Hi John, I just wanted to forward this video onto you that I retrieved off my daughter’s iPhone. I was going to wait to speak to you in person, but it can’t wait. I’d call, but am not confident I could compile my thoughts neatly enough to keep them straight, or keep my voice strong enough to make my point. It’s big, and needs to be made.

We’ve known each other a long time. Through Little League, summer camp, school. We’ve watched each other’s kids grow up, shared wine, chats and mutual trust. So what I find so disturbing about this video, isn’t so much that it’s of my daughter and your son sharing a two-foot bong. At an age where a lot of kids start experimenting, we both know whether they do or don’t isn’t entirely within our control. It’s the fact that, even with the erratic camera footage, even billowed in smoke, cluttered by laughter and background music and—what’s that?—a vodka bottle being passed across the screen, it’s clearly your car they’re riding in. Then that moment, a flash, and I realize the driver of this party bus is you!

I thought there was an unspoken rule, part of the Parent’s Handbook: Do not aid and abet in getting other people’s kids wasted. But as I watched, a whole other reality shot me smack in the face like a spring-loaded snake from a joke can. I know the rationale: if they don’t do it here they’ll just find somewhere else. Better getting it from a trustworthy source than be tempted to steal, or buying it from someone shady. As parents we all want to know our kids are safe, to help them navigate the potholed roads of adolescence. Our greatest fear is to have that open, pre-adolescent line of communication snap like a zip-line over 900 feet of canyon floor. So I understand. We want so badly to be their allies, who they’ll not only seek out but include, it can impair our judgment. But seeking out for party favors beyond Takis and glow sticks is not the same!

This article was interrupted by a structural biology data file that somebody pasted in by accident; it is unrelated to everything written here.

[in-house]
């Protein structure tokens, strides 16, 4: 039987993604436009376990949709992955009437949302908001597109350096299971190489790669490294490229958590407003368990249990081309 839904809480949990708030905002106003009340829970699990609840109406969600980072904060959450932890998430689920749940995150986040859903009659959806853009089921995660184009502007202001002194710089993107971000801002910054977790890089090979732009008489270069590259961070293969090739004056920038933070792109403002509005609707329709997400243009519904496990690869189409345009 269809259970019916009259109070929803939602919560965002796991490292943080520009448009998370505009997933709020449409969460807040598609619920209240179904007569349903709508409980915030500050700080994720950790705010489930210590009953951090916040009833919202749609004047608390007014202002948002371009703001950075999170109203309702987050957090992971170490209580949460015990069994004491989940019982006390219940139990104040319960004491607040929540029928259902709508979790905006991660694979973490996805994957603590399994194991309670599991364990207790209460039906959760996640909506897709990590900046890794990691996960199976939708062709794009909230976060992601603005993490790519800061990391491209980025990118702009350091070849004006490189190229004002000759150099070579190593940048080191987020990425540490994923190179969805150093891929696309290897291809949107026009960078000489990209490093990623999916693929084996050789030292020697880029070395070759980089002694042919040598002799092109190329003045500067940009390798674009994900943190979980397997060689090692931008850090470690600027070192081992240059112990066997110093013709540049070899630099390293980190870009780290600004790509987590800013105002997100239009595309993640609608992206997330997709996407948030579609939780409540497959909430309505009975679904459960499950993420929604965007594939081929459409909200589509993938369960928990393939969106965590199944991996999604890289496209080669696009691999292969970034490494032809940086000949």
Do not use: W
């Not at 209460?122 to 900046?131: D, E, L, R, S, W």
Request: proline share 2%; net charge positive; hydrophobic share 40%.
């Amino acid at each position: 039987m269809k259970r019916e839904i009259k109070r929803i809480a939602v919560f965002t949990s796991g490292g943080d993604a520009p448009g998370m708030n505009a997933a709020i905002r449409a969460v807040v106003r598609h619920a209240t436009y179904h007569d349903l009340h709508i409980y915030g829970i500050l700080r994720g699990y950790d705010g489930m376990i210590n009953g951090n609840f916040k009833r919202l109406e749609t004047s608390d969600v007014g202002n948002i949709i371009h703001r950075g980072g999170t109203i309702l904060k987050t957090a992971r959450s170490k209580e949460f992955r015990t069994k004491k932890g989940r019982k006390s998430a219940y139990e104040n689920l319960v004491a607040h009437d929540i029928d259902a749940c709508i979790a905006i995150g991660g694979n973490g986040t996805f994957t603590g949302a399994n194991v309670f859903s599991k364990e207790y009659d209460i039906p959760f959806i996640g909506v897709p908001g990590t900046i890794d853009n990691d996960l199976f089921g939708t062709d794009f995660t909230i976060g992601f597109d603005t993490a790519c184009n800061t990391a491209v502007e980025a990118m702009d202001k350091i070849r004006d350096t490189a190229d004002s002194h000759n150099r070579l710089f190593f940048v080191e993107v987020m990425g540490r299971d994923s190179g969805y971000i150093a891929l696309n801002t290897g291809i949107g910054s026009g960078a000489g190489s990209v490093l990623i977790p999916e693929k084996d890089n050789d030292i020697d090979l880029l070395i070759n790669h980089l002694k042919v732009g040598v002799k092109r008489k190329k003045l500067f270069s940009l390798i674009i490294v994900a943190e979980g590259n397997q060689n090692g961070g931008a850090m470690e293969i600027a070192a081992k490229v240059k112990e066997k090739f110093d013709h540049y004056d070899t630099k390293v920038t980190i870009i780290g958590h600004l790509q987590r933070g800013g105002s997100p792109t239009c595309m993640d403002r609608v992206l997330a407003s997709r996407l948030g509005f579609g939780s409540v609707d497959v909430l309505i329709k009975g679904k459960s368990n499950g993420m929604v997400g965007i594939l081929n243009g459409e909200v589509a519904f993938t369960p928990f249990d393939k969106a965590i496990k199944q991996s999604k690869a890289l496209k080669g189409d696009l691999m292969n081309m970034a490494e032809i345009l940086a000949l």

We assume that when our kids are being supervised by other parents there’s no need to worry. Can we call it a momentary lapse in character?  Because I imagine if you knew to what extent weed plays with their pliable-as-clay gray matter, you wouldn’t dare promote it. Not for any kid, but particularly those of other people. If I want mine to grow up with little more than the mound of lint they’ve managed to gather from their navels, I’ll ask. Not to mention, you’ve no idea how flammable the material is with which you’re working: kids who may already be wired for addiction; kids impulsive or destructive by nature to begin with; smart kids who make dumb choices when their hormone-brined brains are compromised. While for those straddling the fence, you just made their decision a whole lot easier.

As a result, I’ve forbidden mine from going to your house ever again, for any reason, and no rides in your car, anywhere, so please don’t offer. You’ve always been generous with your time and your big SUV. Now I know why the middle-schoolers like you so much. You’re the “cool” dad, the Tony Montana to the eighth grade. When your son presents you with a mug, #1 Dad, he probably means it. But will he when the bed stops spinning, after a blackout, in rehab, prison, or wiping the dirt from his knees at his best friend’s burial? Am I being melodramatic? Anything is possible, so as parents maybe we can all agree to make these scenarios less likely.

You’re a smart man, John, with some good qualities, but this isn’t one of them. I hope you’ll think twice before supporting this sort of (yes, illegal) activity again. Bad example aside, it’s risking our kids’ lives and their futures. Food, shelter, hugs and encouragement—it’s in the handbook. Drugs, alcohol and a “safe” place to use them, no. Being the “cool” dad is NOT cool. If it means letting our kids hate us now so they can love us later, so be it. Challenge yourself, John, be a grown-up.



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